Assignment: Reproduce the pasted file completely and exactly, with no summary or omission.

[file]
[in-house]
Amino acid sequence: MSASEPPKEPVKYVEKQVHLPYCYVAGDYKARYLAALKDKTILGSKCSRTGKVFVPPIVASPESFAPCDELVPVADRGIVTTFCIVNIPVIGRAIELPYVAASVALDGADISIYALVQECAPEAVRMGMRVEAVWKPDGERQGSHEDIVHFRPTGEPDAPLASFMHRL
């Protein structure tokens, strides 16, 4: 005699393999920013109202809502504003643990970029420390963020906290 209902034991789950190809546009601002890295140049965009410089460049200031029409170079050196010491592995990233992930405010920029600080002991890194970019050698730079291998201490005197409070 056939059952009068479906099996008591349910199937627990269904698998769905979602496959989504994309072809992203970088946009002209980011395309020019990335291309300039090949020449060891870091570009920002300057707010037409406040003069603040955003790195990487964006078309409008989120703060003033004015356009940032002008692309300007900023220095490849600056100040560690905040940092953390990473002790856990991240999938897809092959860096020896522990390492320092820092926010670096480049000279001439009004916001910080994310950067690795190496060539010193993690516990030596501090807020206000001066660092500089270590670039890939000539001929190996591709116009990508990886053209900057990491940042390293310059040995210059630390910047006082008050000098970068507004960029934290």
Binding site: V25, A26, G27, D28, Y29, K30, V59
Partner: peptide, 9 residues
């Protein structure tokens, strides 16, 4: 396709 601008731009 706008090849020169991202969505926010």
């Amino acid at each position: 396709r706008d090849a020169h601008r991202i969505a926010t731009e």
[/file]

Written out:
[in-house]
Amino acid sequence: MSASEPPKEPVKYVEKQVHLPYCYVAGDYKARYLAALKDKTILGSKCSRTGKVFVPPIVASPESFAPCDELVPVADRGIVTTFCIVNIPVIGRAIELPYVAASVALDGADISIYALVQECAPEAVRMGMRVEAVWKPDGERQGSHEDIVHFRPTGEPDAPLASFMHRL
């Protein structure tokens, strides 16, 4: 005699393999920013109202809502504003643990970029420390963020906290 209902034991789950190809546009601002890295140049965009410089460049200031029409170079050196010491592995990233992930405010920029600080002991890194970019050698730079291998201490005197409070 056939059952009068479906099996008591349910199937627990269904698998769905979602496959989504994309072809992203970088946009002209980011395309020019990335291309300039090949020449060891870091570009920002300057707010037409406040003069603040955003790195990487964006078309409008989120703060003033004015356009940032002008692309300007900023220095490849600056100040560690905040940092953390990473002790856990991240999938897809092959860096020896522990390492320092820092926010670096480049000279001439009004916001910080994310950067690795190496060539010193993690516990030596501090807020206000001066660092500089270590670039890939000539001929190996591709116009990508990886053209900057990491940042390293310059040995210059630390910047006082008050000098970068507004960029934290």
Binding site: V25, A26, G27, D28, Y29, K30, V59
Partner: peptide, 9 residues
């Protein structure tokens, strides 16, 4: 396709 601008731009 706008090849020169991202969505926010």
């Amino acid at each position: 396709r706008d090849a020169h601008r991202i969505a926010t731009e």